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Slotting Allowances and the Market for New Products


  • Sullivan, Mary W


Slotting allowances are fixed fees paid to retailers by manufacturers in return for stocking new products on a trial basis. While slotting allowances emerged over 10 years ago, there is still no consensus on what purpose the fees serve. This article shows that slotting allowances are consistent with competitive behavior and could have been caused by an increase in the supply of products. A consumer search cost model predicts that when an increase in the supply of products is not accompanied by an increase in sales per store, the equilibrium slotting allowance will increase. The implications of the model are supported by trends in new-product activity, sales per store, and prices in the grocery industry. Anticompetitive explanations for slotting allowances are refuted by the trends in retailer and manufacturer profits and prices. Copyright 1997 by the University of Chicago.

Suggested Citation

  • Sullivan, Mary W, 1997. "Slotting Allowances and the Market for New Products," Journal of Law and Economics, University of Chicago Press, vol. 40(2), pages 461-493, October.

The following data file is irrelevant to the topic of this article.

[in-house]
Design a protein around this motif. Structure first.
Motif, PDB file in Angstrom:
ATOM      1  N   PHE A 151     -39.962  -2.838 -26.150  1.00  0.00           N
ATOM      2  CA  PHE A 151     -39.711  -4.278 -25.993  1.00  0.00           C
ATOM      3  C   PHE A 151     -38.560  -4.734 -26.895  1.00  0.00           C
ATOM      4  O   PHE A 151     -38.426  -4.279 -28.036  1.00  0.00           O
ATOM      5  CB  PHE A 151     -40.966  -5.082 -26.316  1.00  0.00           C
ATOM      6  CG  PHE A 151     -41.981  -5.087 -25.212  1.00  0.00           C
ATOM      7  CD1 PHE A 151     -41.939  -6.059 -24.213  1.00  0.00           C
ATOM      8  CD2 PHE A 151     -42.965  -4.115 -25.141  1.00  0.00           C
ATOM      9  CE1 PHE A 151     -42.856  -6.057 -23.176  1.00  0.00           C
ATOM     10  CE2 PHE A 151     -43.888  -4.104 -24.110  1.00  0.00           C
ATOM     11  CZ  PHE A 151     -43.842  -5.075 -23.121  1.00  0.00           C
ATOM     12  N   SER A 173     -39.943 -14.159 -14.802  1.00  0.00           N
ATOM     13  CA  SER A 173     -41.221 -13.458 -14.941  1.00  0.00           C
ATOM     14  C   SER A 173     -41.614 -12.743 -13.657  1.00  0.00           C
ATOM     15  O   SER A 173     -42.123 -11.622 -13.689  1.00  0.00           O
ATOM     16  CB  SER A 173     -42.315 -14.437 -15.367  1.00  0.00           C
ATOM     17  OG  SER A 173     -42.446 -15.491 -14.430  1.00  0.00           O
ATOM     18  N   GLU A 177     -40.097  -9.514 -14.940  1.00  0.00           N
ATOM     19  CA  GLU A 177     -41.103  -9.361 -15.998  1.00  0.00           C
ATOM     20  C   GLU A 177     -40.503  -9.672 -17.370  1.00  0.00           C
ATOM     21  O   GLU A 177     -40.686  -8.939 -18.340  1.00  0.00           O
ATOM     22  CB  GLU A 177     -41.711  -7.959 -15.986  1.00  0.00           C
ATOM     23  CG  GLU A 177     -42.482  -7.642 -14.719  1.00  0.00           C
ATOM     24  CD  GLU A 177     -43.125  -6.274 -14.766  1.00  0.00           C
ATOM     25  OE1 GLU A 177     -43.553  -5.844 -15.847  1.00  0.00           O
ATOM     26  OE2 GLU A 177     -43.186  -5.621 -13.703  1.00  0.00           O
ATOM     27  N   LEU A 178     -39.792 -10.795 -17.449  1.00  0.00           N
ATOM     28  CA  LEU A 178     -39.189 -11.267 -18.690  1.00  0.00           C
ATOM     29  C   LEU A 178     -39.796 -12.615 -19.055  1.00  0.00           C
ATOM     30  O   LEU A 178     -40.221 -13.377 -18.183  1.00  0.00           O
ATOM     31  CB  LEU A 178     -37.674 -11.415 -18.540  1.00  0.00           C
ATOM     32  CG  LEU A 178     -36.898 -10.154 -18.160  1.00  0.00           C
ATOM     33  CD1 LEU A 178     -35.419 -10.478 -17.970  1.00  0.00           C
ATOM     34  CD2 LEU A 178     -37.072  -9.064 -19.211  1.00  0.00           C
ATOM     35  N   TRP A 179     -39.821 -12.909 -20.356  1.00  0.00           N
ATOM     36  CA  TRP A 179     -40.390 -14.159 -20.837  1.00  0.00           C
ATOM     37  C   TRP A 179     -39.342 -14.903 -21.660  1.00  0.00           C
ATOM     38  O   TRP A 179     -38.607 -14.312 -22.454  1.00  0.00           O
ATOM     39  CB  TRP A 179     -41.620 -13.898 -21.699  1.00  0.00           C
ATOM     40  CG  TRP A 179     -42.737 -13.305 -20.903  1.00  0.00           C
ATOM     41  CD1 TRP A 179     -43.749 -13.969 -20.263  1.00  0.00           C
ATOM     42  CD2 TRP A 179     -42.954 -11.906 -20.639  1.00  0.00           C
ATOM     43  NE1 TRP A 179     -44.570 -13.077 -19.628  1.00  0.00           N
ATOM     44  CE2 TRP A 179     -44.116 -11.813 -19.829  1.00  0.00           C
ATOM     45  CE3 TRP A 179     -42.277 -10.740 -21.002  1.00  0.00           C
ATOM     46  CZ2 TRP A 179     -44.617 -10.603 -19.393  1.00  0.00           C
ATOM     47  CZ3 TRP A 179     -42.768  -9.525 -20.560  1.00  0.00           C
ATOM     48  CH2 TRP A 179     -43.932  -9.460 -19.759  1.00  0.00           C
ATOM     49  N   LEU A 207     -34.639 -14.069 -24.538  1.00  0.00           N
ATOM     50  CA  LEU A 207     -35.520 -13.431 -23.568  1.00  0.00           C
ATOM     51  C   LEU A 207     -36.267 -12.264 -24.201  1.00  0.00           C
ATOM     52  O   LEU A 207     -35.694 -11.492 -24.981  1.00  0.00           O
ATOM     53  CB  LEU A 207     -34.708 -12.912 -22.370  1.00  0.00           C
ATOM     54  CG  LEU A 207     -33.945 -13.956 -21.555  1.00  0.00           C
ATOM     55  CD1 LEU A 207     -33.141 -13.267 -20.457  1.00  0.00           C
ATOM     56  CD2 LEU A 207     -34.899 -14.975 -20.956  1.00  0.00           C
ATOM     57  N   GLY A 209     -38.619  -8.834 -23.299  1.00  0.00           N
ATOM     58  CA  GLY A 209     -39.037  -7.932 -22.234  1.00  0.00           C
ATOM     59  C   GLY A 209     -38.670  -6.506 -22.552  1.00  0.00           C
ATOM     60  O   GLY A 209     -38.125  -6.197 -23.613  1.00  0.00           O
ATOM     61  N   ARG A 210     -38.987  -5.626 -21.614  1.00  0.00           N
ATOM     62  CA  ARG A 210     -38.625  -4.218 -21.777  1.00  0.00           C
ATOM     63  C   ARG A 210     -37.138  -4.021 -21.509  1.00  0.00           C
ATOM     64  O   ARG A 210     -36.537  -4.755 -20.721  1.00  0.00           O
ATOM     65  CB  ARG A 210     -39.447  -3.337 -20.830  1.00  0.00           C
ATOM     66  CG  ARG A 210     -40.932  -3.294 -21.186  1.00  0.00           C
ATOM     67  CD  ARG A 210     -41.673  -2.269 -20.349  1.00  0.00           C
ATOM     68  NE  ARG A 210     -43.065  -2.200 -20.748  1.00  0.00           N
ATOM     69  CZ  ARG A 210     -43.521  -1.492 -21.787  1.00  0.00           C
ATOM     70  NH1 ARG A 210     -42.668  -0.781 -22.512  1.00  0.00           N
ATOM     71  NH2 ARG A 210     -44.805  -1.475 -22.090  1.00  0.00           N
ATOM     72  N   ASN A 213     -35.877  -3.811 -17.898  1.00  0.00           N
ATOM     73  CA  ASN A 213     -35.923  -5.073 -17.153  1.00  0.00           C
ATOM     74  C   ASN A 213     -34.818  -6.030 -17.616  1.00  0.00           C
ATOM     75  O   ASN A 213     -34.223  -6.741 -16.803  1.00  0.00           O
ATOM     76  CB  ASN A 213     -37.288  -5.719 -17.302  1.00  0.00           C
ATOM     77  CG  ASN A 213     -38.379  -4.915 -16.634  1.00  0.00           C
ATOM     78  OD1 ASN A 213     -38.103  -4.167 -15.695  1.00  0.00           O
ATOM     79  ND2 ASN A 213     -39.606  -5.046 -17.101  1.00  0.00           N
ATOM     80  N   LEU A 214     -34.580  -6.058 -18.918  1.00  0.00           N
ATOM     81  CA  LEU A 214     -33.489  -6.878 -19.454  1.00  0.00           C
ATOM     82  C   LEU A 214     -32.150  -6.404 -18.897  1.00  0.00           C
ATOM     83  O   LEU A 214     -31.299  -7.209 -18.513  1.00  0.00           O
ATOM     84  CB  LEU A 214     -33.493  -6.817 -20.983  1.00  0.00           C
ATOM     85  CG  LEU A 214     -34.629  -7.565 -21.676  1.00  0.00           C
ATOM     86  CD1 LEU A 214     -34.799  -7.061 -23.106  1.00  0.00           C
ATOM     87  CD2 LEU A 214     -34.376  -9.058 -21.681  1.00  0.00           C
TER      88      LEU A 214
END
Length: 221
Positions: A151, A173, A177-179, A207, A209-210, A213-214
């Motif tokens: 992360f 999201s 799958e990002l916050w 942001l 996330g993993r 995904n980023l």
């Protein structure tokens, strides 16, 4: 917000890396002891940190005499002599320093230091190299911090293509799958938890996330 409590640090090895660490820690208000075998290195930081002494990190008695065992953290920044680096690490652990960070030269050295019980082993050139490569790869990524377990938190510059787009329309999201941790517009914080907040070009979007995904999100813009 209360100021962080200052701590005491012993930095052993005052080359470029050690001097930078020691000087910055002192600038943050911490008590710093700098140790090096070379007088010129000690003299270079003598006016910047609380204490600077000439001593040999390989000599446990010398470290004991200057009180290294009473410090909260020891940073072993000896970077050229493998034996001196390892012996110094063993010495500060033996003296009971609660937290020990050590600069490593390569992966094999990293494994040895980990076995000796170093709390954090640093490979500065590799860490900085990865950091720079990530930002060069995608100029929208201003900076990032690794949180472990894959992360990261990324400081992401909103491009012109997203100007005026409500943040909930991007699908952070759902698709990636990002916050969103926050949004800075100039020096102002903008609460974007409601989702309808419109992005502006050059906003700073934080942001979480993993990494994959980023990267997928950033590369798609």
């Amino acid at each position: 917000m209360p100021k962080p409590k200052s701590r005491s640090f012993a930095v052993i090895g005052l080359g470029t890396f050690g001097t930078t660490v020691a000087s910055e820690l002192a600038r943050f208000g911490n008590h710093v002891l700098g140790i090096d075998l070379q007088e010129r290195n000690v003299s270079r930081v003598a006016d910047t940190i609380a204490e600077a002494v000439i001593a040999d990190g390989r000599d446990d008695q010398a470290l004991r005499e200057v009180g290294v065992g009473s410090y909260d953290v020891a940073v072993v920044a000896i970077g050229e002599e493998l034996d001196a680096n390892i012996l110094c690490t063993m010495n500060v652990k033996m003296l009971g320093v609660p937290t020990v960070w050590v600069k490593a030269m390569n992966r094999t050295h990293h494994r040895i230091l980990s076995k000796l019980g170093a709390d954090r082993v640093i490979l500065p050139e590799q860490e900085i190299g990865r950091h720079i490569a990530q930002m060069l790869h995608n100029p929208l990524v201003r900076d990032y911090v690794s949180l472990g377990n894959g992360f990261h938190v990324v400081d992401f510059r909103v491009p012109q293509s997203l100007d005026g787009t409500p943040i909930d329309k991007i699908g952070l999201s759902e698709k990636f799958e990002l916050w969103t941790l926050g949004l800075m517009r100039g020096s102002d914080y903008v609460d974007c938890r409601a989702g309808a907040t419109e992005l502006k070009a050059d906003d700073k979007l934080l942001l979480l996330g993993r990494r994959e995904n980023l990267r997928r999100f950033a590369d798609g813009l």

• Handle: RePEc:ucp:jlawec:v:40:y:1997:i:2:p:461-93

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    References listed on IDEAS

    1. Landes, William M & Posner, Richard A, 1987. "Trademark Law: An Economic Perspective," Journal of Law and Economics, University of Chicago Press, vol. 30(2), pages 265-309, October.
    2. Greg Shaffer, 1991. "Slotting Allowances and Resale Price Maintenance: A Comparison of Facilitating Practices," RAND Journal of Economics, The RAND Corporation, vol. 22(1), pages 120-135, Spring.
    3. Rao, Vithala R. & McLaughlin, Edward W., 1988. "Modeling the Decision to Add New Products by Channel Intermediaries," Working Papers 178699, Cornell University, Department of Applied Economics and Management.
    4. Wujin Chu, 1992. "Demand Signalling and Screening in Channels of Distribution," Marketing Science, INFORMS, vol. 11(4), pages 327-347.
    5. Ehrlich, Isaac & Fisher, Lawrence, 1982. "The Derived Demand for Advertising: A Theoretical and Empirical Investigation," American Economic Review, American Economic Association, vol. 72(3), pages 366-388, June.
    6. Paul R. Messinger & Chakravarthi Narasimhan, 1995. "Has Power Shifted in the Grocery Channel?," Marketing Science, INFORMS, vol. 14(2), pages 189-223.
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